By Tom Smith, OSU Extension Services - Antlers
Well, warmer weather is here. The flowers are blooming, the birds are singing, the bees are buzzing… and the ticks are biting! It is all too true that when the weather becomes pleasant, we want to be outside. Regardless of whether you enjoy gardening, bird-watching, hiking, sports, working with livestock, or a multitude of other outdoor activities, spring and early summer are the times when ticks most frequently find a human blood donor.
Tick bites affect different people in various ways. For some, they only cause a small red spot and a slight itch which lasts for a few minutes, while other people have severe itching, large sores and severe allergic reactions. Rarely, humans become infected with one of a number of diseases carried by ticks. Among these diseases are Rocky Mountain Spotted Fever, tularemia, human Ehrlichiosis, tick paralysis and the dreaded Lyme Disease. The good news is that only about 1% of ticks carry a disease, so don’t panic if you find one crawling or stuck to you. Remove by grasping as close to the skin as possible. Some sources recommend using tweezers or paper towels to protect the fingers, but use caution to prevent breaking off the head.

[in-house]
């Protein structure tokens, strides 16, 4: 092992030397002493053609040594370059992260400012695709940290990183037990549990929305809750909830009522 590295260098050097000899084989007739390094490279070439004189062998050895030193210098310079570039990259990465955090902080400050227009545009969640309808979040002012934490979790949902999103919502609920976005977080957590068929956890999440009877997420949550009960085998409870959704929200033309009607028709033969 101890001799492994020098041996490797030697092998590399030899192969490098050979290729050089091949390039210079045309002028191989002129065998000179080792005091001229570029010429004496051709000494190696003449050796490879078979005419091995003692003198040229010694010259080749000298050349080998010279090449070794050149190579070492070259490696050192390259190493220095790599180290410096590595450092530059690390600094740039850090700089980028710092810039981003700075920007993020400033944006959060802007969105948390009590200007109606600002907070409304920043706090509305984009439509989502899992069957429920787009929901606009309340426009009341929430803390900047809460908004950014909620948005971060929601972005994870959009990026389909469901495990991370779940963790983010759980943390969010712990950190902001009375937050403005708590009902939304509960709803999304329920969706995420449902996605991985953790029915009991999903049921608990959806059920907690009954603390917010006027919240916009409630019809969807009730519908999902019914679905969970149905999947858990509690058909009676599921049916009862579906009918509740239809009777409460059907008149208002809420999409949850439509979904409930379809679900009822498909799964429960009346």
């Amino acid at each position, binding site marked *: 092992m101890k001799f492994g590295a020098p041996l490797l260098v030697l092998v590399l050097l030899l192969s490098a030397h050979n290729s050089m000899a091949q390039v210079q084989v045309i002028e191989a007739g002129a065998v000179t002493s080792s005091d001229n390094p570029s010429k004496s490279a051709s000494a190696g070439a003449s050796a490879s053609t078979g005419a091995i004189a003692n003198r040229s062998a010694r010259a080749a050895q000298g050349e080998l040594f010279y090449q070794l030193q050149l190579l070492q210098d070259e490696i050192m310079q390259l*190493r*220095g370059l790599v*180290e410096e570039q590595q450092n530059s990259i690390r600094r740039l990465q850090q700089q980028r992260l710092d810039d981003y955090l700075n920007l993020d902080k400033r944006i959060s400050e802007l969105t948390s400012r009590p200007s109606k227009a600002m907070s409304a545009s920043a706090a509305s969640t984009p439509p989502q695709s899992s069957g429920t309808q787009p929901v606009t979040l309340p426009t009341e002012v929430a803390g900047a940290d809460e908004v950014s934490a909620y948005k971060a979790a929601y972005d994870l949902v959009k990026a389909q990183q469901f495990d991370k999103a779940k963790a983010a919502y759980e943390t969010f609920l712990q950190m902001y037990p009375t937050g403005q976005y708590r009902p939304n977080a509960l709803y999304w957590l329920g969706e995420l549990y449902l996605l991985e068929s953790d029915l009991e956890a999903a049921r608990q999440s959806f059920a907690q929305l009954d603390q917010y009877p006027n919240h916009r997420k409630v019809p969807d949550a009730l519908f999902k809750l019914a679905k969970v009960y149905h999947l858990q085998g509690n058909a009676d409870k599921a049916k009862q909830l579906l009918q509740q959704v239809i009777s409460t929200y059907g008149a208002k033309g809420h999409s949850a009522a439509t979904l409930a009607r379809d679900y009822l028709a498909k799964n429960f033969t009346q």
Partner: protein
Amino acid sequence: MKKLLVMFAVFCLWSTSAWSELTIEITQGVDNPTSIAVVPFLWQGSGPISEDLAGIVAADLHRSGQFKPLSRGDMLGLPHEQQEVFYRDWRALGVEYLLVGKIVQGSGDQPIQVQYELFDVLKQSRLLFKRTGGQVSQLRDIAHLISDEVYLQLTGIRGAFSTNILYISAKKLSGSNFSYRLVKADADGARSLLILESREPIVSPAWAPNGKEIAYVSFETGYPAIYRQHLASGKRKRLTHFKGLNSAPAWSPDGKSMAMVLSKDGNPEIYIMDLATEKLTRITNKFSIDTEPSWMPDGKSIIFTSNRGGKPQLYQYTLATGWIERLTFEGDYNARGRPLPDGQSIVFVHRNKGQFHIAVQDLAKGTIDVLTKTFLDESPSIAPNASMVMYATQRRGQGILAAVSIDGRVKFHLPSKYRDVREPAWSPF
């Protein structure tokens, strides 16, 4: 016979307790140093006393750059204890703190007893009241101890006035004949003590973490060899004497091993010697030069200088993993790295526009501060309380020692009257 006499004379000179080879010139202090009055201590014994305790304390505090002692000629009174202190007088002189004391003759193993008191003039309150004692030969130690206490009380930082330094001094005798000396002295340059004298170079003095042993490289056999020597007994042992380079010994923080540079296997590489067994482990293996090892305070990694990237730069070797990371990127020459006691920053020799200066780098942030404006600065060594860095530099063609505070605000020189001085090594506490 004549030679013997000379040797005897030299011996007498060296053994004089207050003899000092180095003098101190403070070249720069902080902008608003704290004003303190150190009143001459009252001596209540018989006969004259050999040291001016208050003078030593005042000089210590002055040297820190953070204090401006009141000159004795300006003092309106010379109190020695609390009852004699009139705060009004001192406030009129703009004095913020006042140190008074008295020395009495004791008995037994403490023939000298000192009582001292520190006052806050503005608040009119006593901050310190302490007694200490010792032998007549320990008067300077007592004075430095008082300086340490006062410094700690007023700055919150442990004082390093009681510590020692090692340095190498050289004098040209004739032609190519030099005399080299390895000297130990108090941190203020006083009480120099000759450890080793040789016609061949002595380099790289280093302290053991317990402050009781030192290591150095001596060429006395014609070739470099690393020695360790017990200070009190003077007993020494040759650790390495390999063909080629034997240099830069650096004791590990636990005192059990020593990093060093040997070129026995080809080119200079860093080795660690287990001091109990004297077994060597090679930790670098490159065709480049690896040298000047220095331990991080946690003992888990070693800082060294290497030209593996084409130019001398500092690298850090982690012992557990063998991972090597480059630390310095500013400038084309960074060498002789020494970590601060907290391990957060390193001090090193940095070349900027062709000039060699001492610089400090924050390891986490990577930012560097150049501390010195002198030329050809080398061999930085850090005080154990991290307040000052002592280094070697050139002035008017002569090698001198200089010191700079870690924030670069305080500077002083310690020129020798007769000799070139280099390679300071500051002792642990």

Keep yards mowed and keep areas around buildings, fence rows and shrubbery free of tall grass. To reduce the chance of contact with ticks in recreation areas, stay on prepared trail and avoid tall grass or overgrown bushy areas. Wear DEET (20 to 40%, or greater) or other tick repellent that contains the active ingredient N,N-diethyl-M-toluamide). Frequently check your children, pets and yourself for ticks. Upon returning home, shower and change clothes to eliminate unattached ticks. If your yard or premises become infested with ticks, treat with recommended insecticides. Contact your local Extension Educator for a list of insecticides to control ticks.
There are also options for those wishing to avoid use of toxic chemicals. Wrapping tape around cuffs of pants with the sticky side out helps limit the ability of the pests to climb up a person’s legs. Spraying the pants, legs and shoes with a mixture of dish soap, vinegar and water is claimed by some to repel ticks and chiggers as well, but I am not aware of any research to determine the effectiveness of this method. Wearing high socks with pant legs tucked into the socks helps keep ticks on the outside of clothing.
For more information on this or other topics, contact the Pushmataha County OSU Cooperative Extension Office at 306 SW B Street in Antlers, or call (580)298-5563.
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